The Bush administration’s attempt to link secular Saddam Hussein with the theocratic fanatics of Al Qaeda sounded preposterous to many of us back in 2002 and 2003. It was a dumb lie. Yet the Trump administration, and its hawkish outriders at the Foundation for the Defense of Democracies, now want us to believe that the sectarian Sunni killers of Al Qaeda have formed an alliance with Iran, a hard-line Shia theocracy.
“I’ve never seen any evidence of active collaboration,” Jason Burke, author of “Al-Qaeda: Casting a Shadow of Terror,” told me in 2017. The relationship between Al Qaeda and Iran is “not one of alliance” but “highly antagonistic,” concluded a report by the Combating Terrorism Center at West Point in 2012.
The Iran-Al Qaeda conspiracy theory is an especially dangerous one. The 2001 Authorization for Use of Military Force, passed by Congress in the wake of 9/11, allows the president to “use all necessary and appropriate force against those nations, organizations, or persons he determines planned, authorized, committed, or aided the terrorist attacks that occurred on September 11, 2001, or harbored such organizations or persons.” As Democratic Sen. Tim Kaine told the New York Times in June, Trump administration officials “are looking to bootstrap an argument to allow the president to do what he likes without coming to Congress, and they feel the 2001 authorization will allow them to go to war with Iran.”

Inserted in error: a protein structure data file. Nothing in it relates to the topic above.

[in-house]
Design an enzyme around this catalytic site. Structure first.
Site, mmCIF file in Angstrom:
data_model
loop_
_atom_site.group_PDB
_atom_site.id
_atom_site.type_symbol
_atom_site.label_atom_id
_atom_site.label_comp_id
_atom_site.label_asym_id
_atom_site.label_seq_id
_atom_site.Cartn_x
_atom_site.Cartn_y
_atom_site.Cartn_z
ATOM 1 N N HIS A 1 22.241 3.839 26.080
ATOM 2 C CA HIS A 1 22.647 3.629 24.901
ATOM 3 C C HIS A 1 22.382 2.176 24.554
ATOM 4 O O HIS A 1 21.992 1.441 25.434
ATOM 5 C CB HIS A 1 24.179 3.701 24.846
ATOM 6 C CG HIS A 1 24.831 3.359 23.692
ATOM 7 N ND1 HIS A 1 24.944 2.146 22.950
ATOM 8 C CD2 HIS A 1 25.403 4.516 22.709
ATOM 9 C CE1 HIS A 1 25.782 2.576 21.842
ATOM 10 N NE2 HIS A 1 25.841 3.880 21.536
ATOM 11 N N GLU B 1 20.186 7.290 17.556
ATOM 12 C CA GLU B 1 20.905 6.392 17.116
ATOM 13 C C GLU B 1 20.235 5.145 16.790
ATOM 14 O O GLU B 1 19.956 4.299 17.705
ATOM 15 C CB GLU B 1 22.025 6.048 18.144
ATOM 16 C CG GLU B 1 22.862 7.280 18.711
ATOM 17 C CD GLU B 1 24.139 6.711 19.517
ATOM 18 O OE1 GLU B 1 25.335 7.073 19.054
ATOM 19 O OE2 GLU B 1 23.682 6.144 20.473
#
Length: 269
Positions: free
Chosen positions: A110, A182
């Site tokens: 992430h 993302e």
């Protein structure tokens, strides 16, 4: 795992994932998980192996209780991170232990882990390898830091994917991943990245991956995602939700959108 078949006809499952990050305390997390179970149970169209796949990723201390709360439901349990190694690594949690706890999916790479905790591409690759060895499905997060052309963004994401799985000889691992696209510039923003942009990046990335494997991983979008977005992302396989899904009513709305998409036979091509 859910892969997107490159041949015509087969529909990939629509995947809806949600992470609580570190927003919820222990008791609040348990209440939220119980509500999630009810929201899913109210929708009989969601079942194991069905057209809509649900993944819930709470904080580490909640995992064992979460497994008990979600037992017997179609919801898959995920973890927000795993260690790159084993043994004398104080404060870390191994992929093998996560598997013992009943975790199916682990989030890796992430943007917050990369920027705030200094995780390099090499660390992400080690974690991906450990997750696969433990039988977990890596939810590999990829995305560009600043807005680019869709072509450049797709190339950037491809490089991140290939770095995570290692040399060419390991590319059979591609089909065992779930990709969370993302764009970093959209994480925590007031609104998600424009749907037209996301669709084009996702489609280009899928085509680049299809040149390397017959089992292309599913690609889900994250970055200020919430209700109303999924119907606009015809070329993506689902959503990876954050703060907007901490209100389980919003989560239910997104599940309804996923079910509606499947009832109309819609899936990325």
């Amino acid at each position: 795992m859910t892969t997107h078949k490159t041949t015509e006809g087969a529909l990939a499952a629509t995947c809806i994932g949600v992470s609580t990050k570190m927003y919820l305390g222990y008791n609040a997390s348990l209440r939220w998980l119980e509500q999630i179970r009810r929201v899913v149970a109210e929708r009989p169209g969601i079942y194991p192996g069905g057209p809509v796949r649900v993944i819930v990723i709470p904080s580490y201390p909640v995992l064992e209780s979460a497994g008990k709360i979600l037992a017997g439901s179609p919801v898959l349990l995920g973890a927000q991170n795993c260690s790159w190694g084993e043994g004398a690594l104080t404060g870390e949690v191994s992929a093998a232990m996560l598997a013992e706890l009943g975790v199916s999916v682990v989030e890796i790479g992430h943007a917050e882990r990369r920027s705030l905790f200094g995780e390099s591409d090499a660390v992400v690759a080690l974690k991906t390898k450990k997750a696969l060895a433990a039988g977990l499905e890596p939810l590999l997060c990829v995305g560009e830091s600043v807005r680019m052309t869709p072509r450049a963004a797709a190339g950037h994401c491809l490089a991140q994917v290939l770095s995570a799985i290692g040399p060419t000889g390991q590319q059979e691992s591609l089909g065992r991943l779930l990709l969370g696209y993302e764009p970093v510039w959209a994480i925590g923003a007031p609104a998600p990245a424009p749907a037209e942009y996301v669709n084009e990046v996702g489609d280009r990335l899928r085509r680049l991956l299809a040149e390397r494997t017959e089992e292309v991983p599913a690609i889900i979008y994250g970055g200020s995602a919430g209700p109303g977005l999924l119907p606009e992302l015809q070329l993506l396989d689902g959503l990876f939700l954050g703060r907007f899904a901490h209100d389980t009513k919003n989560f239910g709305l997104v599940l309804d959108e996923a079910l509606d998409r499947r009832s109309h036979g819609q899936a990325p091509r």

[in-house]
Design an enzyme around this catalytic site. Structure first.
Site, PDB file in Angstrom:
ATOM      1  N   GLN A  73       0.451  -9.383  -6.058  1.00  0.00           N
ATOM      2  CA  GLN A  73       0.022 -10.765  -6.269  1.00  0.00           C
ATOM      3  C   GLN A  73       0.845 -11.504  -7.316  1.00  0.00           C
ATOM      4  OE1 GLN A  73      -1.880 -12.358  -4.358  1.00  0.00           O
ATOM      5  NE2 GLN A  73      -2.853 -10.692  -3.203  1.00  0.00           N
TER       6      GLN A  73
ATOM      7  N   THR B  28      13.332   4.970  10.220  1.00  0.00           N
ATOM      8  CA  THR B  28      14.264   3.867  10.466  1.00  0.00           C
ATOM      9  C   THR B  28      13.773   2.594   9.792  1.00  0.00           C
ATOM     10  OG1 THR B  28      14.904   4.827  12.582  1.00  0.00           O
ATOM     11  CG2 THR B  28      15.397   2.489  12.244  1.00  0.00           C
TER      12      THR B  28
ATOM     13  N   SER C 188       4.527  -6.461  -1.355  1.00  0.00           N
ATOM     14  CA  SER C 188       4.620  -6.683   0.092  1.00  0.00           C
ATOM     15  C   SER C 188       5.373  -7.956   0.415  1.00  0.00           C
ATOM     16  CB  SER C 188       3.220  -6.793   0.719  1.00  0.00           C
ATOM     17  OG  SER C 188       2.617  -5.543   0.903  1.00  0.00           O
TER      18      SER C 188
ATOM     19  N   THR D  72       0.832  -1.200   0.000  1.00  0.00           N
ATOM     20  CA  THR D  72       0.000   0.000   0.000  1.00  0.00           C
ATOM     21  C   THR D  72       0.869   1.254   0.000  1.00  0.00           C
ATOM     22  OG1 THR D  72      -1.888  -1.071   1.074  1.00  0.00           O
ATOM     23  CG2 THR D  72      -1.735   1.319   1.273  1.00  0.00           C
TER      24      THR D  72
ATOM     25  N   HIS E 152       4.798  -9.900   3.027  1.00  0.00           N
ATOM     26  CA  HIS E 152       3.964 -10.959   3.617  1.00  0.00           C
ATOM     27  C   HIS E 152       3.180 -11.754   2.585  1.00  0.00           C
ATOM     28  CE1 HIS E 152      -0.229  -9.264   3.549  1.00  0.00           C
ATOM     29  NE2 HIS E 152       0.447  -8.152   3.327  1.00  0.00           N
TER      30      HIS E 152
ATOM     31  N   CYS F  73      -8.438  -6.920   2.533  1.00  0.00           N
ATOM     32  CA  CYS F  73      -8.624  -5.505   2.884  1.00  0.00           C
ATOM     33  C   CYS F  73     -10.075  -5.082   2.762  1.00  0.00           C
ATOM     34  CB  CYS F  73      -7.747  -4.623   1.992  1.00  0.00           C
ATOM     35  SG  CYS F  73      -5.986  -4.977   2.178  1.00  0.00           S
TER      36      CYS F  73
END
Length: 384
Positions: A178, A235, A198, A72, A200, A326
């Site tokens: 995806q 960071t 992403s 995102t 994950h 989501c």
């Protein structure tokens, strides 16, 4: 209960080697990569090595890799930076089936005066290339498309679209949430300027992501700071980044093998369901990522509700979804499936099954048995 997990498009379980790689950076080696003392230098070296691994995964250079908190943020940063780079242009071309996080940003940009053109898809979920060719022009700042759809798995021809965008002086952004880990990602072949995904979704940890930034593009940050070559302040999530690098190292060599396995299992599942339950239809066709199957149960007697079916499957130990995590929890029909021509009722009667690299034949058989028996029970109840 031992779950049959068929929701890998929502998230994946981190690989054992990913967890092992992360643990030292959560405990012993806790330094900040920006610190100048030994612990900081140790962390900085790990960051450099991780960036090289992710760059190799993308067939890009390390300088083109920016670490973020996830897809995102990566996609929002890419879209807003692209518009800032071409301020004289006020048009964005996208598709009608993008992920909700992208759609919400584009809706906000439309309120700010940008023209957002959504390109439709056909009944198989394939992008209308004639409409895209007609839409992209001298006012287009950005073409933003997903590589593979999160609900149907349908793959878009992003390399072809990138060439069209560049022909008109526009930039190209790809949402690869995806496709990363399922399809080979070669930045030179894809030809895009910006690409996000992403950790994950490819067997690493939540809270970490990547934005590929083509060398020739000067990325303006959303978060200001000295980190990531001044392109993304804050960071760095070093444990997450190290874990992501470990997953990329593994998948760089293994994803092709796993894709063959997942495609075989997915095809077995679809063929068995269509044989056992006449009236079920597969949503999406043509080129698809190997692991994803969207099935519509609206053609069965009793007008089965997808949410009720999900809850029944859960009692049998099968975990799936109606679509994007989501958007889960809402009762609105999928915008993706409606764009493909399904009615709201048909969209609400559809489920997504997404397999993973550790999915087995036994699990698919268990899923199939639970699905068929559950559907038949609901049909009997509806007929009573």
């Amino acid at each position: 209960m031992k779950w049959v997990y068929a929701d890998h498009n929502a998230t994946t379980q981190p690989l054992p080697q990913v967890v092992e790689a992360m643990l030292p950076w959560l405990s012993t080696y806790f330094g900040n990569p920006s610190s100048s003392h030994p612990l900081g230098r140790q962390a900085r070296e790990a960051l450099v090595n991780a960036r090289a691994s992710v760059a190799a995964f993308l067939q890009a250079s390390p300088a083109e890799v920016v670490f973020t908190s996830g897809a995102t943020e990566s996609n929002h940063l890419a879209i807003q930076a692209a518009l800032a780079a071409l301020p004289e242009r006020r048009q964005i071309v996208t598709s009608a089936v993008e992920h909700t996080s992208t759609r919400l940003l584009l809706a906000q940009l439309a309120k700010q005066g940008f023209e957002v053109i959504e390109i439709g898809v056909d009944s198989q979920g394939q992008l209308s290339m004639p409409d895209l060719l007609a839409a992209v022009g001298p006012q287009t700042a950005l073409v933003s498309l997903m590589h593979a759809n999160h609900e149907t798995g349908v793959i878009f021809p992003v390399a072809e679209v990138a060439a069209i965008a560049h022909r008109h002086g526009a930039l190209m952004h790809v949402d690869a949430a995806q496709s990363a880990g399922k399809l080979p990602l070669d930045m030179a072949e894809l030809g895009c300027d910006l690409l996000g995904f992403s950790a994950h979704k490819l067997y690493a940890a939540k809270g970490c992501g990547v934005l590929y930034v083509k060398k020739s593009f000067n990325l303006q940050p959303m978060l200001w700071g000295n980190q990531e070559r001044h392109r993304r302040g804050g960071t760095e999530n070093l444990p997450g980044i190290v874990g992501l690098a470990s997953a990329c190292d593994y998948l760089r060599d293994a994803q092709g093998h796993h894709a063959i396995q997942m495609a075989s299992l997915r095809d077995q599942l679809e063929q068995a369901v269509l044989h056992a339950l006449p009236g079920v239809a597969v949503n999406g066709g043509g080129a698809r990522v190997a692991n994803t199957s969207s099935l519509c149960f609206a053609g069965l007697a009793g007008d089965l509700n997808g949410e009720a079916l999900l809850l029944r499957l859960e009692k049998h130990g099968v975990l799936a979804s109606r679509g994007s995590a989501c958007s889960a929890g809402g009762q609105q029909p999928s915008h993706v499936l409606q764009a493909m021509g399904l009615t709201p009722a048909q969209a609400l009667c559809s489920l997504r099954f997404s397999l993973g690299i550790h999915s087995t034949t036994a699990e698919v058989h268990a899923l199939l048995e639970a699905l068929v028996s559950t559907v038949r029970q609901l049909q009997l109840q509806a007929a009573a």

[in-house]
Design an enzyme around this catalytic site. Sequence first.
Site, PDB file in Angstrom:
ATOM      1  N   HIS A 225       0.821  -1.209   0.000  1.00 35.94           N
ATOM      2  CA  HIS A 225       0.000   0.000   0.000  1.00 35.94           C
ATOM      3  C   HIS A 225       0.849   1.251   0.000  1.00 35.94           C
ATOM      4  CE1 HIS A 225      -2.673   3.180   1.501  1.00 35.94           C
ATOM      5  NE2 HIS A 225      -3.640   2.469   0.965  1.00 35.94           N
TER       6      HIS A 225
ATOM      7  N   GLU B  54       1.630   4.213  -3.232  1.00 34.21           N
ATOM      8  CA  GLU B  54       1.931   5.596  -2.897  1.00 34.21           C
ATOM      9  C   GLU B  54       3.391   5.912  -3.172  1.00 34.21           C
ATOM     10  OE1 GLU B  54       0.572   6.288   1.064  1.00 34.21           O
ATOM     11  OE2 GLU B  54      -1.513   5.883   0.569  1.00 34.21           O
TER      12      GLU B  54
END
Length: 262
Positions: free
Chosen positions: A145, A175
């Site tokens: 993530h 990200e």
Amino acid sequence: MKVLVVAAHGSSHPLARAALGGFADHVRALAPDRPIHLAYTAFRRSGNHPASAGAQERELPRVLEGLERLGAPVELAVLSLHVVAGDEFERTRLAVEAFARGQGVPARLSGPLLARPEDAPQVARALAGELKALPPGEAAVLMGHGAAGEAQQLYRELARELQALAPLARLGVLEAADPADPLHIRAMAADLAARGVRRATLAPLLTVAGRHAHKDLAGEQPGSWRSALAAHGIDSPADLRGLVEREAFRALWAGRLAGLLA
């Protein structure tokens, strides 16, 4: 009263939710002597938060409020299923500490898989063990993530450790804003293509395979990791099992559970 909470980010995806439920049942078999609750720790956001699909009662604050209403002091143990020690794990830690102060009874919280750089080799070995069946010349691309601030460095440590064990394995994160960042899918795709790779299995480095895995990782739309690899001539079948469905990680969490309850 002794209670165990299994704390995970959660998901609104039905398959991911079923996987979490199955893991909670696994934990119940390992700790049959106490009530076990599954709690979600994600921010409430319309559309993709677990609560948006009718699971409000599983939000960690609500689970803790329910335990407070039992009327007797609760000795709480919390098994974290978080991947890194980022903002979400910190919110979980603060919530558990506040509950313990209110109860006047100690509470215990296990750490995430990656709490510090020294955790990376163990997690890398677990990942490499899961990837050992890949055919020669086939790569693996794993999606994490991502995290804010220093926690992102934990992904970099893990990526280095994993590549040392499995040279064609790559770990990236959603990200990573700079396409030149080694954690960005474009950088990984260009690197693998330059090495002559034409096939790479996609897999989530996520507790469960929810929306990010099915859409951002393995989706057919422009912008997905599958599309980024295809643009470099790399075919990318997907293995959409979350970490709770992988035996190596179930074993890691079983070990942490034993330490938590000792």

This is perhaps the dumbest lie of all. Trump has threatened “the official end of Iran.” His pal in the Senate, Tom Cotton, has predicted that the United States could win a war with Tehran with just two strikes: “The first strike and the last strike.”
To call such statements absurd would be an understatement. Iran isn’t Iraq. As Col. Larry Wilkerson, former chief of staff to Colin Powell, told me on a recent episode of my podcast, Deconstructed, a conflict with the Islamic Republic “would be horrible”:
Four times almost the size of Iraq, 80 million, not 26 million people, homogeneity to the population that Iraq certainly didn’t have, 51 percent Persian. Terrain … that’s just inhospitable, almost killed Alexander the Great, for example. This would be a vicious, long-term guerrilla campaign waged by the Iranians over 10 or 15 years. And at the end of it, it would look about like Iraq did in 2011. And it would cost $2 trillion and lots of lives and more than anything else, it would require at least a half a million troops.
In other words, it would be a disaster of epic proportions. Let’s be clear: Many of the accusations leveled by Western governments and Western media organizations against Iran — it is a serial violator of human rights; it is complicit in Bashar Assad’s murderous attacks on his own people; it backs Hamas and Hezbollah, it is a promoter of anti-Semitism — are undeniably true. But the five lies that are constantly deployed by politicians and pundits to justify military action against Iran, and even regime change in Tehran, are flat-out false. And if they are not called out, we will soon find ourselves embroiled in another bloody Middle East conflict that will make the war in Iraq look like a walk in the park.